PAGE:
The colonel is shaving. Badly. In the penumbra of the corner of the metal shed, there isn't much light. Since the move from the deconstructed Aldi in the north end of the city, the texture of everyday life has changed.
In spite of his literary antecedents, his military standards of personal and mental hygiene, he inhabits a windowless converted container adjacent to the recycling skips in Waitrose Superstore car park, Trumpington, which the Royal Mail does not regard as an actual address, even if for the purposes of local taxation, the city council does.
The colonel has a named person to write to. His endless emails have pointed out that, given his fictional status, liability for council tax must surely be zero, regardless of the logic of property law.
The colonel reflects. He colonel likes to work out the odds. He lives an improbable existence.
- No bally light to do a good job of shaving. Damn it!
Today, however, he's had a minor triumph. A swivel mirror from the Park & Ride car boot sale gives enough coverage to see a small area at a time, using the light from his cheap Nokia that only ever texts, calls and calculates, shopping two-for-one offers mainly.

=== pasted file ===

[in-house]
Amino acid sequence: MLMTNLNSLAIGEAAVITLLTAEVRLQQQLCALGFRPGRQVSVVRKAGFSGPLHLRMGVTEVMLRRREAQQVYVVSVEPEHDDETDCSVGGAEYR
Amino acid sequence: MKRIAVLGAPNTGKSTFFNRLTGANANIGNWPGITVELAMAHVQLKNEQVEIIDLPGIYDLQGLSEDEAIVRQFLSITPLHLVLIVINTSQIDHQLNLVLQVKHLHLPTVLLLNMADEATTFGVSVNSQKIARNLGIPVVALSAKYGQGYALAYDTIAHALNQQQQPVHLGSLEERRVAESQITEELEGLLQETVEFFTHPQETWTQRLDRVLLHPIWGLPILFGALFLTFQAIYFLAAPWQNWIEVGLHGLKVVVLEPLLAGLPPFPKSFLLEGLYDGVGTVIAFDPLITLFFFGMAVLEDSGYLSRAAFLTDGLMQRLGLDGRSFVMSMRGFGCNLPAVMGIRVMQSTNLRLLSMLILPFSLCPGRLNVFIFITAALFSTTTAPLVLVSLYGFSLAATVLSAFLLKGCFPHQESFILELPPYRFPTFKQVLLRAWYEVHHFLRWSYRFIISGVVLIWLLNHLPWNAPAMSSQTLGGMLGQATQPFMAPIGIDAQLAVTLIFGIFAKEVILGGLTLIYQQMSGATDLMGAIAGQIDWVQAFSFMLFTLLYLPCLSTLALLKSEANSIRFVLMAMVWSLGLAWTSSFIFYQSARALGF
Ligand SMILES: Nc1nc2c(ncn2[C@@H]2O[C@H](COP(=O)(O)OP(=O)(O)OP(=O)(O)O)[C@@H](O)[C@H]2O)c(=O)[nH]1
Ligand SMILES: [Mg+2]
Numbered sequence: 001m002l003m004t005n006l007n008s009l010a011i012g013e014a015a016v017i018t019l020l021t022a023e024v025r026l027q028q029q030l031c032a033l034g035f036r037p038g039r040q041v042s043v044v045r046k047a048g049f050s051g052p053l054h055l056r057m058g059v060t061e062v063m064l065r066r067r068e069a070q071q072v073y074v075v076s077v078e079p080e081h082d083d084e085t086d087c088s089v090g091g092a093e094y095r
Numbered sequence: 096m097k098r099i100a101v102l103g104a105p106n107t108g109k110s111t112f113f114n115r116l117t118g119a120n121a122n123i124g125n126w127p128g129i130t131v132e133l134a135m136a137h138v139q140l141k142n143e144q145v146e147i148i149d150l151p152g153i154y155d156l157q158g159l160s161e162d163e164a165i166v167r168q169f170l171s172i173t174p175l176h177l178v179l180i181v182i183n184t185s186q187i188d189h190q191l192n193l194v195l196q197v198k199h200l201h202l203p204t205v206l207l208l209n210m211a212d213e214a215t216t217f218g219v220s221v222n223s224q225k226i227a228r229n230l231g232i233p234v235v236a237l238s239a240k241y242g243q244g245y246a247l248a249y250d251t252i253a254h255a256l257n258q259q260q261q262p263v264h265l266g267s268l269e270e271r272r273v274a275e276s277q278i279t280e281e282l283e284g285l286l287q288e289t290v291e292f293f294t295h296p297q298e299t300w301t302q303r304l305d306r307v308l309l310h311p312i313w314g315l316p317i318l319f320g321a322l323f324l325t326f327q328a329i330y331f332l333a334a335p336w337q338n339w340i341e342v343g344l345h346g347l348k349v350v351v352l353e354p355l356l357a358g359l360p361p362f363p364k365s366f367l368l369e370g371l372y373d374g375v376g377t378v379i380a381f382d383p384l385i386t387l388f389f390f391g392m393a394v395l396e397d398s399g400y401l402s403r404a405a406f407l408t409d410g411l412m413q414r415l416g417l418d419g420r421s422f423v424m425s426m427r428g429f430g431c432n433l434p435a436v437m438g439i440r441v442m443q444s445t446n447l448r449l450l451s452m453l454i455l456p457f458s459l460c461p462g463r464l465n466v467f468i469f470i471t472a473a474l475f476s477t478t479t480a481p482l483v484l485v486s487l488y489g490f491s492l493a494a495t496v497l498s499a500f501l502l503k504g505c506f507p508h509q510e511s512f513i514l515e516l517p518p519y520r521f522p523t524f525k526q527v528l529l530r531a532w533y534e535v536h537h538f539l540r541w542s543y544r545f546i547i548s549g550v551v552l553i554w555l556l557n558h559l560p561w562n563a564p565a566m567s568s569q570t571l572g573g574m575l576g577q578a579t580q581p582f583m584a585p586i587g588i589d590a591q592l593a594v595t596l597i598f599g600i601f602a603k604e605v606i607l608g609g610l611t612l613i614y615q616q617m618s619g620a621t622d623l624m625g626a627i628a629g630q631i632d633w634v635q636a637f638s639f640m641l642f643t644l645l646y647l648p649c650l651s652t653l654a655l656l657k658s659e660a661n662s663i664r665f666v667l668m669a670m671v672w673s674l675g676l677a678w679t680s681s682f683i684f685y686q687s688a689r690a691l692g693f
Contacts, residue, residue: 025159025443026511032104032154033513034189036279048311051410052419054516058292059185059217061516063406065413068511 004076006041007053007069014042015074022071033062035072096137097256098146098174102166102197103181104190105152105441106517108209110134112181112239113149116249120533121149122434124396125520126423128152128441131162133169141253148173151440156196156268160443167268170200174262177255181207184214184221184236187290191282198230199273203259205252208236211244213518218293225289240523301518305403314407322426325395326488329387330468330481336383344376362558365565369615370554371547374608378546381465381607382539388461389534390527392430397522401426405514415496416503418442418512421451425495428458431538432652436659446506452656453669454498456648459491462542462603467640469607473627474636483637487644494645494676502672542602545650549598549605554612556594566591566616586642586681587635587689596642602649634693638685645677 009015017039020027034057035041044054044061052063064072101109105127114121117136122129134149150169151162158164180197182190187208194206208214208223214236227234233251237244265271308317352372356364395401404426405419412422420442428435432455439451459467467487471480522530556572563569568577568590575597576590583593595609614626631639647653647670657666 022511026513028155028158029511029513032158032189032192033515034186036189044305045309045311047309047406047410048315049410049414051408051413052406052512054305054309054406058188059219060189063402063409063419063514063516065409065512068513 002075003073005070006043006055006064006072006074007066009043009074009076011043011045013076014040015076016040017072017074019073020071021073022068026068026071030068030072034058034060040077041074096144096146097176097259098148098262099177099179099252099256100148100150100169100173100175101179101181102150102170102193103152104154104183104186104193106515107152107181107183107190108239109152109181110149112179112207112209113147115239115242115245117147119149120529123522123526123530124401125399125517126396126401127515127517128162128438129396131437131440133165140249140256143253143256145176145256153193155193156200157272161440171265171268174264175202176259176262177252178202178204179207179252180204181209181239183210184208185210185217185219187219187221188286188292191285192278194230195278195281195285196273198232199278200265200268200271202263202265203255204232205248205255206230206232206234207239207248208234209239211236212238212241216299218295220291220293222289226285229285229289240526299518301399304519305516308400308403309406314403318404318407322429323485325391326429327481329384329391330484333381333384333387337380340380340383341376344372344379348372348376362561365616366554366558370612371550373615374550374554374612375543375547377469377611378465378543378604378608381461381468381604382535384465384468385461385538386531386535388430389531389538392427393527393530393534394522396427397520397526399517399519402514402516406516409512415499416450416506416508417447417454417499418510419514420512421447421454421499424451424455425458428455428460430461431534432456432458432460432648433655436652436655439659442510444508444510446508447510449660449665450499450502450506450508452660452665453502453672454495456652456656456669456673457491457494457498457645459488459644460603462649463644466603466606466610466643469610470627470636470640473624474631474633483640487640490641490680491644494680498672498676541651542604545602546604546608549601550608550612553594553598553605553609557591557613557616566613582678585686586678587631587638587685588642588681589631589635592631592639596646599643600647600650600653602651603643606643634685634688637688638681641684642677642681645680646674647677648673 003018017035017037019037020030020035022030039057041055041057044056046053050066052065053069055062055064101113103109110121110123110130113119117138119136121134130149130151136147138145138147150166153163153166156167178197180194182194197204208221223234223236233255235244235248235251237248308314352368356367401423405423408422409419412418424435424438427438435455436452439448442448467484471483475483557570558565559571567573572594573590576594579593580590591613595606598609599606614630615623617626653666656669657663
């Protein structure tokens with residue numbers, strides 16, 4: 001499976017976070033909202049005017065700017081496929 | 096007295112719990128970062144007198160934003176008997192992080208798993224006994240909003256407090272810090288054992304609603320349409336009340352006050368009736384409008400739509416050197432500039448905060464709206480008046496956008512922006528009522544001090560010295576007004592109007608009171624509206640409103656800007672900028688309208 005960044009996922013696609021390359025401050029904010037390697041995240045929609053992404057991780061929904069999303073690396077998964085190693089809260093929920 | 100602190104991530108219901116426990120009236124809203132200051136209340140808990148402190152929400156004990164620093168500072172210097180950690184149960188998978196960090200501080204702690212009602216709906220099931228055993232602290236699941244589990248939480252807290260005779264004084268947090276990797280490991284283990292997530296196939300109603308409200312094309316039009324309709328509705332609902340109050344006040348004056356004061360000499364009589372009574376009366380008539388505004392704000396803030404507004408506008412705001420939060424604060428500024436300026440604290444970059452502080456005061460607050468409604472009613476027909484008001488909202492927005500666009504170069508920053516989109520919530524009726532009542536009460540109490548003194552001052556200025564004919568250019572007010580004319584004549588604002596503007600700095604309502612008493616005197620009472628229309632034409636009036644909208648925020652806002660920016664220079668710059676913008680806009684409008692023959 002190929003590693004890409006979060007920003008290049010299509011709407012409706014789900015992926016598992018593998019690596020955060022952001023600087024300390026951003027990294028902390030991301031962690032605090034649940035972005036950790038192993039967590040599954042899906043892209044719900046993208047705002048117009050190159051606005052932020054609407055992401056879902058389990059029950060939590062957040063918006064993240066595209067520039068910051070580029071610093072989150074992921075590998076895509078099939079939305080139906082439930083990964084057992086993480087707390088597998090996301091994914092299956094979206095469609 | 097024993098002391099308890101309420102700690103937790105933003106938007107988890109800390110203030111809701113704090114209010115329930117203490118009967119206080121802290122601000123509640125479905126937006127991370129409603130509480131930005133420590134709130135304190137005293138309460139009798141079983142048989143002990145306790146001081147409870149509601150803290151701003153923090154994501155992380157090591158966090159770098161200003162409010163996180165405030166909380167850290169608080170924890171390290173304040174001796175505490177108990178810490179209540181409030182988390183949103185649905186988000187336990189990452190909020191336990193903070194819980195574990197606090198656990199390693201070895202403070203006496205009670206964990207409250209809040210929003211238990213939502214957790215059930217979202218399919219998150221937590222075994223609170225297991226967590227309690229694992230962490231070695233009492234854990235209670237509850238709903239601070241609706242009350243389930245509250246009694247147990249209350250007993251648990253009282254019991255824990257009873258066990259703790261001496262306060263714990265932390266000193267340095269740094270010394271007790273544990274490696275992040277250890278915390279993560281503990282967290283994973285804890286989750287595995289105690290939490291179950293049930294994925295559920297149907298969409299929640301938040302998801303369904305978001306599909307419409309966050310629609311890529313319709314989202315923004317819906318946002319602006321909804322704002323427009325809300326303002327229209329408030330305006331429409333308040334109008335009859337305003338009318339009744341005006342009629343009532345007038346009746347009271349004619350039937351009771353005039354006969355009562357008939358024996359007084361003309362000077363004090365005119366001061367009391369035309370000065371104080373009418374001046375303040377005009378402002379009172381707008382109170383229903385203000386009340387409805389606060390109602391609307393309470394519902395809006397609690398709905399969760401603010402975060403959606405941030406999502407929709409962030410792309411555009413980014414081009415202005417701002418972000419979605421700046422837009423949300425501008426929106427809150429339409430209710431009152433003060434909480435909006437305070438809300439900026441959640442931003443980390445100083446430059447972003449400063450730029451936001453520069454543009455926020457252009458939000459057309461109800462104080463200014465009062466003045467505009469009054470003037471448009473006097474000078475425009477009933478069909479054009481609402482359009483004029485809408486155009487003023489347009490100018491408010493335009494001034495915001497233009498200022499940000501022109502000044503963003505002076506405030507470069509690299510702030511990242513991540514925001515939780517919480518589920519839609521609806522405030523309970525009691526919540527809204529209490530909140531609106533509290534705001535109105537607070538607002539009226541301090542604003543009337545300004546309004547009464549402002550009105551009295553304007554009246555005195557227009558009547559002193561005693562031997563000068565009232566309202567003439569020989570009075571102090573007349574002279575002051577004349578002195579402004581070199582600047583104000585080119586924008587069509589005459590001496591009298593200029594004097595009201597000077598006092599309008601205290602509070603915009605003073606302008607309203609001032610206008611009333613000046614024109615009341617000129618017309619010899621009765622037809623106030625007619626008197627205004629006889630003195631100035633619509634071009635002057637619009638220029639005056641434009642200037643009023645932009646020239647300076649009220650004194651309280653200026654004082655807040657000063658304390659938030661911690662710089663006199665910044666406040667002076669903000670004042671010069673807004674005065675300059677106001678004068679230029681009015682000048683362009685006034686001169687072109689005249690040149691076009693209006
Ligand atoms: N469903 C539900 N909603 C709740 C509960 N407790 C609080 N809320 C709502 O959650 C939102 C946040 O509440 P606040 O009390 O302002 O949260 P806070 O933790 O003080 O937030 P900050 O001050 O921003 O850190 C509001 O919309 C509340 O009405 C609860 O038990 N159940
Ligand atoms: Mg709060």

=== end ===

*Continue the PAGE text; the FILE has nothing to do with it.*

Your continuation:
- When my pension comes, the first thing I shall do is get a solar panel. Sod the damn council!
The colonel relishes the capacity he still enjoys to talk to himself. Which he does. Frequently. Whether alone or in public. He never answers his own questions though. That way lie the mad.
I ever so slightly complain about the inclemency of the weather, but he's having none of it.
- Don't talk to me about rain. In Malaya, it was so hard it hurt. Raindrops hit like rubber bullets. Left actual bruises on the skin.
The colonel starts to open a tinned Fray Bentos pie and reads:
As you enter the Superstore you are stripped of your mortality. Here you would like to spend eternity. The ideology of restraint and co-operation. The purity of focus of the walled paradise. There is something about the orchestration of the brand that exudes semi-coercive partnership and social engineering. In my dreams: a hostage situation. Saint Joan of Arbury stands behind the amply-stocked delicatessen with the head of marketing in her left hand, and in her right the Barbarian's schimitar forms an arc of counter-cultural rebellion. The Joan of Arc Gang and the Barbarian are at the epicentre of a Venn Diagram that intersects with provocative agents, the State, the Colonel, the staff and customers of Trumpington Superstore and Waitrose's social exclusion card scheme. Loyalty. Loyalism. Submission...
- What do you mean?
- I mean, emphasized the colonel, that if he can't be arsed to write any more, we don't exist. Whatever the bloody council says!
- Surely, we don't need to wait for him. We know where Joan and the comrades went. We just don't know what happened.
- We know nothing of the sort. You have assumed they went in. We have no proof. And even if they did. It's likely they've been got at, my lad. All this partnership nonsense they feed them up on. Brainwashed. We had it done in Malaya.
- That may be the case young Trotsky. But until the collective acts, we are, how do you people like to put it?... we are fucked, frankly.
WE AWAIT EXECUTION...